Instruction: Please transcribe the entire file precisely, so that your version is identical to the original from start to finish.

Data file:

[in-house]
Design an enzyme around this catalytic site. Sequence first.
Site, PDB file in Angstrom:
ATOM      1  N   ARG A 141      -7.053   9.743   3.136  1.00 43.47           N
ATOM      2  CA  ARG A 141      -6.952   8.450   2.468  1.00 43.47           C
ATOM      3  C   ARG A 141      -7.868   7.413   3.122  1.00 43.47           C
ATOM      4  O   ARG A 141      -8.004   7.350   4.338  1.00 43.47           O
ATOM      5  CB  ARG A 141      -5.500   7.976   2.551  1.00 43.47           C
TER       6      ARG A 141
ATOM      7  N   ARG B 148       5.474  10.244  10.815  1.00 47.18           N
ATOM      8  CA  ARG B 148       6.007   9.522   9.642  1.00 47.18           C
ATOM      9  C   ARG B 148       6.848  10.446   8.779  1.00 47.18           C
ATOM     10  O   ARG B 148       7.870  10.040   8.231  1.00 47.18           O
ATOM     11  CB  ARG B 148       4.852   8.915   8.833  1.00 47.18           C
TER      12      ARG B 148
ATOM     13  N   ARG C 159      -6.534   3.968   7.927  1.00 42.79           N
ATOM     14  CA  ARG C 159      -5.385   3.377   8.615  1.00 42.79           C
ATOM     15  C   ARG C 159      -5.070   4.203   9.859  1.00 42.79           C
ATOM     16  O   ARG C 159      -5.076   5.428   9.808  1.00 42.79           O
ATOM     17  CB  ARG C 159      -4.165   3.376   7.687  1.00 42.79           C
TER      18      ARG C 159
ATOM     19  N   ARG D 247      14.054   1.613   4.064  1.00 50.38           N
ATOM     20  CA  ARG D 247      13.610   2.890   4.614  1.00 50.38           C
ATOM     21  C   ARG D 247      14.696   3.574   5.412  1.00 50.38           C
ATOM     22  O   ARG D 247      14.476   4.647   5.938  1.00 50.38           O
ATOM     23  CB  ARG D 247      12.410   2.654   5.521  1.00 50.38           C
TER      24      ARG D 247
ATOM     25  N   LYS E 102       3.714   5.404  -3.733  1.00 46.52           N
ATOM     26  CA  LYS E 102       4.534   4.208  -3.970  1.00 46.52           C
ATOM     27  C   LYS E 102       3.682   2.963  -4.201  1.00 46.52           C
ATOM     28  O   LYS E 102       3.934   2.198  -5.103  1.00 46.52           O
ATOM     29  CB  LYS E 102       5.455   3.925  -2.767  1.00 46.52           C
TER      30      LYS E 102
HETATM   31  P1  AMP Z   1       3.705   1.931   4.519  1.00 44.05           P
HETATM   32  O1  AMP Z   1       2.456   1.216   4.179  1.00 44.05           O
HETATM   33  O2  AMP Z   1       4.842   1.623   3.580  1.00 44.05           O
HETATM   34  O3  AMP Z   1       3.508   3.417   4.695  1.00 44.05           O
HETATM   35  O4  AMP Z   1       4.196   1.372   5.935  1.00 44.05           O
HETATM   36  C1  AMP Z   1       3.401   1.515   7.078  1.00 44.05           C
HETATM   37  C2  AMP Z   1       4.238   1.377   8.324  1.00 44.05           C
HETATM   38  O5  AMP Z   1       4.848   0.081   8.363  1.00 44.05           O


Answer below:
[in-house]
Design an enzyme around this catalytic site. Sequence first.
Site, PDB file in Angstrom:
ATOM      1  N   ARG A 141      -7.053   9.743   3.136  1.00 43.47           N
ATOM      2  CA  ARG A 141      -6.952   8.450   2.468  1.00 43.47           C
ATOM      3  C   ARG A 141      -7.868   7.413   3.122  1.00 43.47           C
ATOM      4  O   ARG A 141      -8.004   7.350   4.338  1.00 43.47           O
ATOM      5  CB  ARG A 141      -5.500   7.976   2.551  1.00 43.47           C
TER       6      ARG A 141
ATOM      7  N   ARG B 148       5.474  10.244  10.815  1.00 47.18           N
ATOM      8  CA  ARG B 148       6.007   9.522   9.642  1.00 47.18           C
ATOM      9  C   ARG B 148       6.848  10.446   8.779  1.00 47.18           C
ATOM     10  O   ARG B 148       7.870  10.040   8.231  1.00 47.18           O
ATOM     11  CB  ARG B 148       4.852   8.915   8.833  1.00 47.18           C
TER      12      ARG B 148
ATOM     13  N   ARG C 159      -6.534   3.968   7.927  1.00 42.79           N
ATOM     14  CA  ARG C 159      -5.385   3.377   8.615  1.00 42.79           C
ATOM     15  C   ARG C 159      -5.070   4.203   9.859  1.00 42.79           C
ATOM     16  O   ARG C 159      -5.076   5.428   9.808  1.00 42.79           O
ATOM     17  CB  ARG C 159      -4.165   3.376   7.687  1.00 42.79           C
TER      18      ARG C 159
ATOM     19  N   ARG D 247      14.054   1.613   4.064  1.00 50.38           N
ATOM     20  CA  ARG D 247      13.610   2.890   4.614  1.00 50.38           C
ATOM     21  C   ARG D 247      14.696   3.574   5.412  1.00 50.38           C
ATOM     22  O   ARG D 247      14.476   4.647   5.938  1.00 50.38           O
ATOM     23  CB  ARG D 247      12.410   2.654   5.521  1.00 50.38           C
TER      24      ARG D 247
ATOM     25  N   LYS E 102       3.714   5.404  -3.733  1.00 46.52           N
ATOM     26  CA  LYS E 102       4.534   4.208  -3.970  1.00 46.52           C
ATOM     27  C   LYS E 102       3.682   2.963  -4.201  1.00 46.52           C
ATOM     28  O   LYS E 102       3.934   2.198  -5.103  1.00 46.52           O
ATOM     29  CB  LYS E 102       5.455   3.925  -2.767  1.00 46.52           C
TER      30      LYS E 102
HETATM   31  P1  AMP Z   1       3.705   1.931   4.519  1.00 44.05           P
HETATM   32  O1  AMP Z   1       2.456   1.216   4.179  1.00 44.05           O
HETATM   33  O2  AMP Z   1       4.842   1.623   3.580  1.00 44.05           O
HETATM   34  O3  AMP Z   1       3.508   3.417   4.695  1.00 44.05           O
HETATM   35  O4  AMP Z   1       4.196   1.372   5.935  1.00 44.05           O
HETATM   36  C1  AMP Z   1       3.401   1.515   7.078  1.00 44.05           C
HETATM   37  C2  AMP Z   1       4.238   1.377   8.324  1.00 44.05           C
HETATM   38  O5  AMP Z   1       4.848   0.081   8.363  1.00 44.05           O